Terese Connolly interviewed about Weight Bias in the Workplace

Terese Connolly interviewed about Weight Bias in the Workplace

Our Chicago-based labor and employment partner, Terese Connolly, was recently interviewed by the HR Certification Institute regarding steps employers can take to combat weight bias in the workplace. Here’s an excerpt:

Many companies have diversity and inclusion efforts that seek to reduce bias in the workplace. But those efforts often neglect one of the biggest forms of workplace bias: weight bias.

Bias against overweight individuals remains prevalent in the workplace. According to the Rudd Center for Food Policy and Obesity at the University of Connecticut, overweight workers are less likely to be hired for positions and earn less money than their thinner counterparts.

Weight bias is not illegal in general. While other factors like race, sex, nationality and religion are protected under anti-discrimination employment law, weight isn’t a protected class other than in a few specific cities and in Michigan, says Terese Connolly, a partner at law firm Culhane Meadows. That being said, weight bias is protected if the weight can be tied to a disability, in which case it belongs to a protected class because disabilities are protected under the Americans with Disabilities Act.

But for employers that want to create an inclusive work environment, adhering to the letter of the law isn’t enough. Here’s how employers can create a culture of inclusion for all employees, regardless of size.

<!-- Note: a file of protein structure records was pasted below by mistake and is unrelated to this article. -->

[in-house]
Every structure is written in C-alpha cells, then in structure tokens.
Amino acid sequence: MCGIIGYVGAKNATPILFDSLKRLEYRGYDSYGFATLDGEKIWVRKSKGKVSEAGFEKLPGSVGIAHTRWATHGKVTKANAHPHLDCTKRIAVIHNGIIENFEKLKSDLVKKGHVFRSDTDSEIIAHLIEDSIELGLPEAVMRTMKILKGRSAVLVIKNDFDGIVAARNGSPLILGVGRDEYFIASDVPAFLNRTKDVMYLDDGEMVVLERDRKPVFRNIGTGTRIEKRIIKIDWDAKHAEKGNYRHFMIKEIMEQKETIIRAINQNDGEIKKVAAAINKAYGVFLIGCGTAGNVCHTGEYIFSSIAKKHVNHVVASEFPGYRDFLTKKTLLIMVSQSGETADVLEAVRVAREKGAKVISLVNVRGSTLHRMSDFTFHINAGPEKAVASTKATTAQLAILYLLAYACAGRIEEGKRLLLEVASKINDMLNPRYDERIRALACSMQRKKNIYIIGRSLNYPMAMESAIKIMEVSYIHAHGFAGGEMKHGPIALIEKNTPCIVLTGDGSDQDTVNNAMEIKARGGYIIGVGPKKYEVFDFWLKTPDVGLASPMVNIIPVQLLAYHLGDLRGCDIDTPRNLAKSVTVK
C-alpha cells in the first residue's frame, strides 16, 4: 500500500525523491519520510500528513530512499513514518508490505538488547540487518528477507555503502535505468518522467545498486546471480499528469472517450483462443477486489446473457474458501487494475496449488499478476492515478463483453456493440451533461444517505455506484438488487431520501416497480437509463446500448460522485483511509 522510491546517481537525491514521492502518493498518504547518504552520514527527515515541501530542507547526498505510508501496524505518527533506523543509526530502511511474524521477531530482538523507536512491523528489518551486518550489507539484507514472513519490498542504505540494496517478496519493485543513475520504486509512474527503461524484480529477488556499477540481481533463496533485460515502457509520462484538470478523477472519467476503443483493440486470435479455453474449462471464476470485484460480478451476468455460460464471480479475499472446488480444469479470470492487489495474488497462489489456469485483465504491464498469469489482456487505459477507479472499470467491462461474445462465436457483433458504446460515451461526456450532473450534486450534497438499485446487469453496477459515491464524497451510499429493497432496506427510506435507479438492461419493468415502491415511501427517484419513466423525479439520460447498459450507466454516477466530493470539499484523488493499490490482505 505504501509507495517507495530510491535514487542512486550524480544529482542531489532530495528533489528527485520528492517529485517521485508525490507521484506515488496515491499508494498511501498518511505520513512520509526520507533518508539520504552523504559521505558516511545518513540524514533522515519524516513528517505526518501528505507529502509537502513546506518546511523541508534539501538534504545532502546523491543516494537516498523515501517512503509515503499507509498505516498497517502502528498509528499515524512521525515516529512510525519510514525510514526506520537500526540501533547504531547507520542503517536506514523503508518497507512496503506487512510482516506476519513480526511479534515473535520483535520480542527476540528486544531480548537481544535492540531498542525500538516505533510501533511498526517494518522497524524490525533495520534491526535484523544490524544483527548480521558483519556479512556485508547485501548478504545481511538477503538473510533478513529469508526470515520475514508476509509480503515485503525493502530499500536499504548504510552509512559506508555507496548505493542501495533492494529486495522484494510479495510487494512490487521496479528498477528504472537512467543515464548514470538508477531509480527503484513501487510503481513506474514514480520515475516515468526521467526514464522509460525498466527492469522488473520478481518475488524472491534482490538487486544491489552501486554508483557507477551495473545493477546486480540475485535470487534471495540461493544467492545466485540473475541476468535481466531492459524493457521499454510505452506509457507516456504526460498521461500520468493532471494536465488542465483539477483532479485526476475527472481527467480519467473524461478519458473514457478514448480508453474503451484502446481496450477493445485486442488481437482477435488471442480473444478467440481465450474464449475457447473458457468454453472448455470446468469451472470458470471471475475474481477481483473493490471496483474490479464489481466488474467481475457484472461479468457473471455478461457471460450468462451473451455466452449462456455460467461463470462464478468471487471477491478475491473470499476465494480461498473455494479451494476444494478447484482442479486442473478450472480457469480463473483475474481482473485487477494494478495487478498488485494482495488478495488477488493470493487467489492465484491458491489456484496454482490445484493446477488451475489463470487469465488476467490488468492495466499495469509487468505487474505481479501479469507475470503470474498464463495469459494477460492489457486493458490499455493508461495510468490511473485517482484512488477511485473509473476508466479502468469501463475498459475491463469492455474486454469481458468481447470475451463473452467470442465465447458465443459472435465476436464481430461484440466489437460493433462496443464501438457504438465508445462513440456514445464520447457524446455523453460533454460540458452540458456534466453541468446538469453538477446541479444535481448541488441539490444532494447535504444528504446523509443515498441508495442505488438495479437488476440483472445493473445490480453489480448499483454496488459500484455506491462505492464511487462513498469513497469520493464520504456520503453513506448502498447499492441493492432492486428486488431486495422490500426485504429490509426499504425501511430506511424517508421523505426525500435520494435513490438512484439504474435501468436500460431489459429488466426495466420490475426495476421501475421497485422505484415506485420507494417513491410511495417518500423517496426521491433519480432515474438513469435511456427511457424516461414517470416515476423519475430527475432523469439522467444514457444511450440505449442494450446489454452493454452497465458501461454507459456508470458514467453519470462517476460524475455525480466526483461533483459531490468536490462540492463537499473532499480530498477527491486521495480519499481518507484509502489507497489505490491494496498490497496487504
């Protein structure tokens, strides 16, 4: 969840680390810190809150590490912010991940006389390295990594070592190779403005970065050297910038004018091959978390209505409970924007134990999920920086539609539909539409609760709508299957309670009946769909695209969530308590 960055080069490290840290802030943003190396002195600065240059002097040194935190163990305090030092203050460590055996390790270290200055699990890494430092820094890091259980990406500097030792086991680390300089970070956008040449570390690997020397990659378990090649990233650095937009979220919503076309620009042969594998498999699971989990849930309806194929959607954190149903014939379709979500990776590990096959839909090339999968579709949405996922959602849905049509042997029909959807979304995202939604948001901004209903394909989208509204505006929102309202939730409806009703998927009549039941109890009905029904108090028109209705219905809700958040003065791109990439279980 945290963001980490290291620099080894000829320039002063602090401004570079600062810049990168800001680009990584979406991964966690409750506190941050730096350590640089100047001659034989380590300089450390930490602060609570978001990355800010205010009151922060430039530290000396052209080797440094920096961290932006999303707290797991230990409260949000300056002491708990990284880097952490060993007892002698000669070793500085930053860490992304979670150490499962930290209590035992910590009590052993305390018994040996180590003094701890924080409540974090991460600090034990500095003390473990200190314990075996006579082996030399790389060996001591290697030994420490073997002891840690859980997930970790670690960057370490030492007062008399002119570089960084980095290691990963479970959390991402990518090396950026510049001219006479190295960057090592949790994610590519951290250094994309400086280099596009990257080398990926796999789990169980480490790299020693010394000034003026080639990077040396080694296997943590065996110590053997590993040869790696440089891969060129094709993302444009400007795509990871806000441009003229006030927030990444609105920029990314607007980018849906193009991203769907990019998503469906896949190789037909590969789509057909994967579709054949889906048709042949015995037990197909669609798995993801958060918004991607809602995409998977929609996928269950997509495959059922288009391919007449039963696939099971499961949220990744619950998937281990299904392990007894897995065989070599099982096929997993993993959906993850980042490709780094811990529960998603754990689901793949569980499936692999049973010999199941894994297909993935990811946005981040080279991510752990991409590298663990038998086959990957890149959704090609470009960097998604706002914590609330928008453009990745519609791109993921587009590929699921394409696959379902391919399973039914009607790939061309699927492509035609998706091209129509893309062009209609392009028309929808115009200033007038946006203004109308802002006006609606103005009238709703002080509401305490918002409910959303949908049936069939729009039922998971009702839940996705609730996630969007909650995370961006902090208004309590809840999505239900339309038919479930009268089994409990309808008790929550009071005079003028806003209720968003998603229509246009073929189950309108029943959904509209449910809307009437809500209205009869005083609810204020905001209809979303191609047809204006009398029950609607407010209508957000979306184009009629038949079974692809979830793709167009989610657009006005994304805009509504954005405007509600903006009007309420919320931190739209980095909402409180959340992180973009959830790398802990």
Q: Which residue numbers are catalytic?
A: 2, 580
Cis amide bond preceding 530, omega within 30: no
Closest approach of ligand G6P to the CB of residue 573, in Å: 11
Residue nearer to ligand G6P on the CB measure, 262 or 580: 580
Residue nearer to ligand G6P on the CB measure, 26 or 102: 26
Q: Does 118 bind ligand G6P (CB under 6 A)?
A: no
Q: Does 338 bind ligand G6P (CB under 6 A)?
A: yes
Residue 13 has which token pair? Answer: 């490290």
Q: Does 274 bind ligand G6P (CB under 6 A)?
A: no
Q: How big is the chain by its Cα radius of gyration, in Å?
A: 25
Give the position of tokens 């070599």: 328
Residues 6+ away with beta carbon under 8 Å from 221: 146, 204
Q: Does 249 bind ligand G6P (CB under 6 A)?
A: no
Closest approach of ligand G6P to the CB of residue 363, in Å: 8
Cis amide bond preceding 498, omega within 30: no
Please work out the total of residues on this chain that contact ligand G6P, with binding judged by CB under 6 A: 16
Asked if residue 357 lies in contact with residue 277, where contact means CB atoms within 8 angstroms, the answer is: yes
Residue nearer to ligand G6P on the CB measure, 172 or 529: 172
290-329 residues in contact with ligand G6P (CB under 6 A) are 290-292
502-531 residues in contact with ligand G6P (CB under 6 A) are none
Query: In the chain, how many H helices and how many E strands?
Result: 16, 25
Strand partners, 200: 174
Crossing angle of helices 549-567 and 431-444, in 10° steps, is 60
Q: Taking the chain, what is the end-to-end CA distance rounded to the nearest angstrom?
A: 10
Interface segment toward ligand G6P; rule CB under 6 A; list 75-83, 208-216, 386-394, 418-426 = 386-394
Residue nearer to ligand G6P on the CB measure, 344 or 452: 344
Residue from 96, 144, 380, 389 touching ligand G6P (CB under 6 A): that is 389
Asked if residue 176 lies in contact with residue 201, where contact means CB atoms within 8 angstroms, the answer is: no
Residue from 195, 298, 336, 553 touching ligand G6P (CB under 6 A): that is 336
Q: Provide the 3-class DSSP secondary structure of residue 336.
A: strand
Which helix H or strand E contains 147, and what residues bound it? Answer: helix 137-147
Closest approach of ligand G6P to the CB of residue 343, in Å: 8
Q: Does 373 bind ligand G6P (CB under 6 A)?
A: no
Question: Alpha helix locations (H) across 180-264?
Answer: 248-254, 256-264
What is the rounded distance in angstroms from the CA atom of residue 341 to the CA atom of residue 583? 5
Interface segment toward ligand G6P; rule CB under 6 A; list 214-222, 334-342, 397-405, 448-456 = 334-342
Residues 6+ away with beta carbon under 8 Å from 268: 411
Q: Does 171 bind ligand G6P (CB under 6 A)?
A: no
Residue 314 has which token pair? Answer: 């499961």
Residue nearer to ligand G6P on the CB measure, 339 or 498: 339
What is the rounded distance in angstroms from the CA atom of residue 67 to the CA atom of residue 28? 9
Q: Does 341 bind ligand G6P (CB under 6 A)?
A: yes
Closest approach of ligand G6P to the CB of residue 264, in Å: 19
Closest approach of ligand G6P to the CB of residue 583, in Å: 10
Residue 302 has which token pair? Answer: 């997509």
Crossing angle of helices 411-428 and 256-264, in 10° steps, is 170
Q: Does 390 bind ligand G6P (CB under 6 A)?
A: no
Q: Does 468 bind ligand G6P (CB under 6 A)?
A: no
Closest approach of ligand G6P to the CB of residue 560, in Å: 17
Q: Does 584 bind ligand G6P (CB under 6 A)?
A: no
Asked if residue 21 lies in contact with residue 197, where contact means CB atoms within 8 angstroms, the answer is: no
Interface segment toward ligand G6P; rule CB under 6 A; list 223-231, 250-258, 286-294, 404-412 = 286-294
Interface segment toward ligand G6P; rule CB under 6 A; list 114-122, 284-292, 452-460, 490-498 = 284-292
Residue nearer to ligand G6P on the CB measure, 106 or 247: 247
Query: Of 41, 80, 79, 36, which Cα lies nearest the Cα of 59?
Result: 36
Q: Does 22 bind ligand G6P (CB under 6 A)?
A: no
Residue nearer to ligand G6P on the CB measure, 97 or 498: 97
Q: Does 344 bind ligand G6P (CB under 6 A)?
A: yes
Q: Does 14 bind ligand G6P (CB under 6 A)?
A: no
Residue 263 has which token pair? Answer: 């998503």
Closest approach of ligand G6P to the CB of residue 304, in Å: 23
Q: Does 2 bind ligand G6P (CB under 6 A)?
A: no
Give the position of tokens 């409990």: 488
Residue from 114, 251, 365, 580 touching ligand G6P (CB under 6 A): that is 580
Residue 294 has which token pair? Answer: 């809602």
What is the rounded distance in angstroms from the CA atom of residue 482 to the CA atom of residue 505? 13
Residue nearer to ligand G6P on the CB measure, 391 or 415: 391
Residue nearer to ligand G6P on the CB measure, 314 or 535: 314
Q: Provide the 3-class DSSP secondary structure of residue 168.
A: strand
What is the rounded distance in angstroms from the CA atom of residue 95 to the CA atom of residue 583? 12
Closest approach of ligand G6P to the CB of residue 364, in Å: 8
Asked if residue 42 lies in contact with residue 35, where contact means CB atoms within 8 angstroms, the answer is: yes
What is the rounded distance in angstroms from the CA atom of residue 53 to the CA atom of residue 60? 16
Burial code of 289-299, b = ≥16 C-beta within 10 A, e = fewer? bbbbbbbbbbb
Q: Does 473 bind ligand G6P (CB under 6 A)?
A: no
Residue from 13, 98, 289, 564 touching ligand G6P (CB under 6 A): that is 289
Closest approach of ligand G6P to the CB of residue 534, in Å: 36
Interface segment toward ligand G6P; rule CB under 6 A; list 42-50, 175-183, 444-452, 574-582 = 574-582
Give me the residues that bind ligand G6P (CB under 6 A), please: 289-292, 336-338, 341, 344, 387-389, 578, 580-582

Many organizations prioritize diversity and inclusion, but these conversations rarely include discussion of weight. “I know we talk a lot about biases in the workplace, but the one that I haven’t heard has been around weight,” says Tawanda Johnson, principal consultant at RKL Resources. “It’s that silent thing that no one wants to tackle or talk about.”

Of course, conversations about diversity and inclusion didn’t come about naturally — pressure had to be applied to start a conversation about overcoming biases in the workplace. The same is needed on the subject of weight bias.

Start the conversation by including weight bias in your diversity and inclusion efforts, and show that your organization won’t tolerate bias of any type. By including weight bias in the discussion, you’ll create awareness throughout your organization.

Johnson notes that a review of your company’s marketing materials should be included within this discussion. Make sure you include a diversity of sizes so you show a truly diverse and inclusive image.

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